Then the company was bought by a larger firm. That’s when the trouble began. Seeing that Kelsey was a star at an individual center, a newly installed executive urged her to apply for a job as a regional manager. She got the full-court press, fancy dinner included. So how could she say no? After all, instead of being in charge of one center, she would be overseeing eight centers. That was so much more impressive, right?

An inner voice kept saying, “Don’t do it.” But when she expressed doubts to her friends, they said, “You’d be a fool to turn it down. You’re getting a raise, and it will look great on your résumé.”

So she took the job—and was miserable.

A big part of her new job was checking in with the managers of the other centers, making sure they were doing their jobs properly. She also needed to ensure that they were meeting their financial targets each month, which turned out to be impossible because the centers were coming off an unrepeatable boom year.

The executive who promoted her had tried to seal the deal by promising that Kelsey could work from home most of the time. There was just one problem: Kelsey didn’t like working from home. She missed the conferences, the coaching, and the constant buzz that used to surround her each day.

One day, while Kelsey was sitting alone in her apartment checking out the latest profits and losses, her boss called to ask her about the maintenance plan at one of the suburban centers. That’s when she knew she couldn’t take it much longer. Not much later, she quit her job and applied for a teaching-fellowship program at a public-school system. Now she teaches junior-high English.

The sad thing, Kelsey says, is that she would have been a lifer at the for-profit education company if only top leaders had known how to nurture and reward her as a middle manager.

The Waffle House way

Much of the corporate world is still in the dark about how to promote stars within the same role.

With much of the corporate world still in the dark about how to promote stars within the same role, we direct attention to the promotion practices of an iconic restaurant that gets it right.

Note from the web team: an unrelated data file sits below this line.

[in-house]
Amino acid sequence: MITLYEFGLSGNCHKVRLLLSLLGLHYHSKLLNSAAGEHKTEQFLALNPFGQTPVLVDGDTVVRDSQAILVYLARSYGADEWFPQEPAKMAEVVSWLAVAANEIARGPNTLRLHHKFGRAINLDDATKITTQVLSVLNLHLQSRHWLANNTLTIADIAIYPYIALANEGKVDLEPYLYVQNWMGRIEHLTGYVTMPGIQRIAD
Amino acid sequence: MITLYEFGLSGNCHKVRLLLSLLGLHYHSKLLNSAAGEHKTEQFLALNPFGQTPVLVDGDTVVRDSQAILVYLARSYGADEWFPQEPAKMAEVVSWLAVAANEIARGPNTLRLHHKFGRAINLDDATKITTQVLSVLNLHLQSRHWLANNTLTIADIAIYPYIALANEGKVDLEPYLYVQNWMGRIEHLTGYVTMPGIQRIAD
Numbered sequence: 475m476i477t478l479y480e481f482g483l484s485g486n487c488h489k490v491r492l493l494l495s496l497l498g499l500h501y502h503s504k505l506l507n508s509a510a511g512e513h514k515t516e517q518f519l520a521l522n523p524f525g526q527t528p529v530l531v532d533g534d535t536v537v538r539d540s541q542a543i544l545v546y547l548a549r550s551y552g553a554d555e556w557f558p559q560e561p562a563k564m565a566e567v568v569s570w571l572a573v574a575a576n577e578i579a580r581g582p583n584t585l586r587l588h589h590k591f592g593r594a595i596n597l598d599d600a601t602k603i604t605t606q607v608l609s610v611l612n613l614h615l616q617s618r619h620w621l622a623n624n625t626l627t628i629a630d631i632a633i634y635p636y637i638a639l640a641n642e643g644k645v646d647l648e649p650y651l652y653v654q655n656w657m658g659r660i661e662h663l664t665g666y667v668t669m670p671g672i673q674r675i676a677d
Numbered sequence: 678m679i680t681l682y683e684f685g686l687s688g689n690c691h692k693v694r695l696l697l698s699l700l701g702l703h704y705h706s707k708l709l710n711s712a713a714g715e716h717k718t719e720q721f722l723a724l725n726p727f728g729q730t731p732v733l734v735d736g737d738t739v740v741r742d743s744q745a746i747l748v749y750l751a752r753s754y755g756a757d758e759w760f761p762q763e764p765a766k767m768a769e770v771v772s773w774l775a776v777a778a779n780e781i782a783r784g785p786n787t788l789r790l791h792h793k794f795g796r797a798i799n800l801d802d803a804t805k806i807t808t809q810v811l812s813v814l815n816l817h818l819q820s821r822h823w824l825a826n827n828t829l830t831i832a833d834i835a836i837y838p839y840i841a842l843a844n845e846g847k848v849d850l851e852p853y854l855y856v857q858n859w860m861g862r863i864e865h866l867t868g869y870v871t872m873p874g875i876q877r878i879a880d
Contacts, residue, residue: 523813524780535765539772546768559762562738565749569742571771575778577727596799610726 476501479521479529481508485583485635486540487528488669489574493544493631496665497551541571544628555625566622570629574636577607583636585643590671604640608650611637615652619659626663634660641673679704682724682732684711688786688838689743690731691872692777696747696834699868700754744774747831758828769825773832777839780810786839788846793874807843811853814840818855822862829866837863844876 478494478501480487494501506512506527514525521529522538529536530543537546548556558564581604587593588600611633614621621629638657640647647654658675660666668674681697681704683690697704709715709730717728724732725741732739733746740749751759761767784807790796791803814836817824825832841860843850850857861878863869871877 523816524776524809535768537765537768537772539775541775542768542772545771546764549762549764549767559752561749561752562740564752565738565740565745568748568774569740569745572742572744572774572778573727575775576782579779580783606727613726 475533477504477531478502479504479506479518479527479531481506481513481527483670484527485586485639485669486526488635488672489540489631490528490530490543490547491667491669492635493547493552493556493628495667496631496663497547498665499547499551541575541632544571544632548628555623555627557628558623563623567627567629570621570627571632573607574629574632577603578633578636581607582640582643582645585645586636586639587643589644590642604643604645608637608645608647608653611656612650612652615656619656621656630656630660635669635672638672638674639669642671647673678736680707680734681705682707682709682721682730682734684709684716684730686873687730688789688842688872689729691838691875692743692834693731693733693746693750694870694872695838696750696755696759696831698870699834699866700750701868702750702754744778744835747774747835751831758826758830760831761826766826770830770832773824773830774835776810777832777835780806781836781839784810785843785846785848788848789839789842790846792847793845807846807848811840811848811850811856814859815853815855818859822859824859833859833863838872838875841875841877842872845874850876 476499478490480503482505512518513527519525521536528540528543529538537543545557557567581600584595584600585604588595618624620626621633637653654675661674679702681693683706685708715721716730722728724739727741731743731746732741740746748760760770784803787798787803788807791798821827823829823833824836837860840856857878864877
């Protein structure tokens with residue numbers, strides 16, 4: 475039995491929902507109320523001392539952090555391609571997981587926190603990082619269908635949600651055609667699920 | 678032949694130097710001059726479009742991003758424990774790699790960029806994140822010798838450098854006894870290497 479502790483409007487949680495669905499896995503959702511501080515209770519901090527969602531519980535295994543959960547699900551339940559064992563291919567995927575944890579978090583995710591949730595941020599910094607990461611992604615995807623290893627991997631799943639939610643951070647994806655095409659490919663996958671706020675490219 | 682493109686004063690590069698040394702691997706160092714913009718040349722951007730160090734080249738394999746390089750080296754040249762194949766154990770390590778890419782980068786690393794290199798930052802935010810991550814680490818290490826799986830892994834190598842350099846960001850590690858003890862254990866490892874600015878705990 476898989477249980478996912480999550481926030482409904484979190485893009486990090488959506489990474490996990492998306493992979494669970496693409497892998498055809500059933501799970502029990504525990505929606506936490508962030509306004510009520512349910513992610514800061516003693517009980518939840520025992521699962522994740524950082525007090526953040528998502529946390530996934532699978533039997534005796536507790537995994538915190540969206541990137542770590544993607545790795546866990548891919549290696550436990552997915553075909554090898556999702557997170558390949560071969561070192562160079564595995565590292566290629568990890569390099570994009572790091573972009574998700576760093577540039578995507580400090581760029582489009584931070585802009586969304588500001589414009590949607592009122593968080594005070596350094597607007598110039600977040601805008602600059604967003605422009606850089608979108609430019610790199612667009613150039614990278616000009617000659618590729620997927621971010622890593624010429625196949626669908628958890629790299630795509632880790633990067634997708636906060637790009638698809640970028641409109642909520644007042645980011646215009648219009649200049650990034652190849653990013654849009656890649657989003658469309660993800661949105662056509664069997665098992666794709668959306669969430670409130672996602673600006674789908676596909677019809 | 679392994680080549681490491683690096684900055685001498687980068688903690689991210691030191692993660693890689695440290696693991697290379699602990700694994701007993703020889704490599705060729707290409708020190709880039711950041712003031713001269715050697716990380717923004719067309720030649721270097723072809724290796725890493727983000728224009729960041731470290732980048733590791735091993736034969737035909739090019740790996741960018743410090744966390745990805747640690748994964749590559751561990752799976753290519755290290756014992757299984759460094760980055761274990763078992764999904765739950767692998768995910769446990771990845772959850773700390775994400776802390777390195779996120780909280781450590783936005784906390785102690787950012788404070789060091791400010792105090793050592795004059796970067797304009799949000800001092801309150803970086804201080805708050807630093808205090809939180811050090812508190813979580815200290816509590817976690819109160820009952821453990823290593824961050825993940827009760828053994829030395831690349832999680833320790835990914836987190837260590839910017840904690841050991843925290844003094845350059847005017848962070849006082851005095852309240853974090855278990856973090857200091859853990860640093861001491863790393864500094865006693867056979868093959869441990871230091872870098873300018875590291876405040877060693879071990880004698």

If you’ve driven highways in the US South, you most likely have stopped at a Waffle House. The beloved restaurant chain has more than 2,000 locations, primarily in states such as Florida, North Carolina, Alabama, and Georgia—where the first Waffle House opened in 1955. The chain prides itself on its doors never closing, which makes it a favorite of long-haul truckers and just about anyone with a 2:00 a.m. hankering for its famous waffles or hash browns served “covered,” meaning topped with a slice of cheese, or “chunked,” with cubes of ham added.

New grill operators at Waffle House start with the title of, well, grill operator. In addition to learning how to make each dish to the chain’s exacting standards, they have to master Waffle House’s shorthand for servers to signal to grill operators what to make for each plate. If a plate comes to the kitchen with a mustard packet turned up, the grill operator knows the customer wants Papa Joe’s Pork Chop and Eggs; mustard packet side down means Country Ham and Eggs. If a plate comes in with a pat of butter, it’s for the T-Bone and Eggs, but the location of the butter matters: top of the plate means well done; bottom means rare.

With experience and training, these employees have an opportunity to rise to the level of master grill operator. Master operators, after passing tests that demonstrate their knowledge of customer service, food safety, and cooking, not to mention Waffle House’s lore and practices, then receive a higher salary and more responsibilities.

After demonstrating further mastery of techniques and safety certifications, as well as generating a consistent average of $6,000 in revenue per shift (at an average price of less than $10 per order, mind you), these grill operators receive another generous salary boost and get to be known as “Elvis of the grill.” While some of those who achieve this level take on additional responsibilities to train newbies, the goal is to keep them doing what they do best—because without quality grill operators, the restaurants couldn’t maintain their trademark dishes or 24/7 schedule.

If Waffle House can get this concept right, why can’t the rest of the corporate world?

The trades, at least, have long understood the value of promoting people within the same job. Someone who trains to be an electrician is an electrician for life, beginning as an apprentice, rising to become a journeyman, and closing their career as a master electrician, with corresponding jumps in pay and responsibilities. Smart companies have been applying this same concept to technical positions by creating technical-career tracks for top performers rather than promoting them to team lead roles that would take them away from their excellent contributions.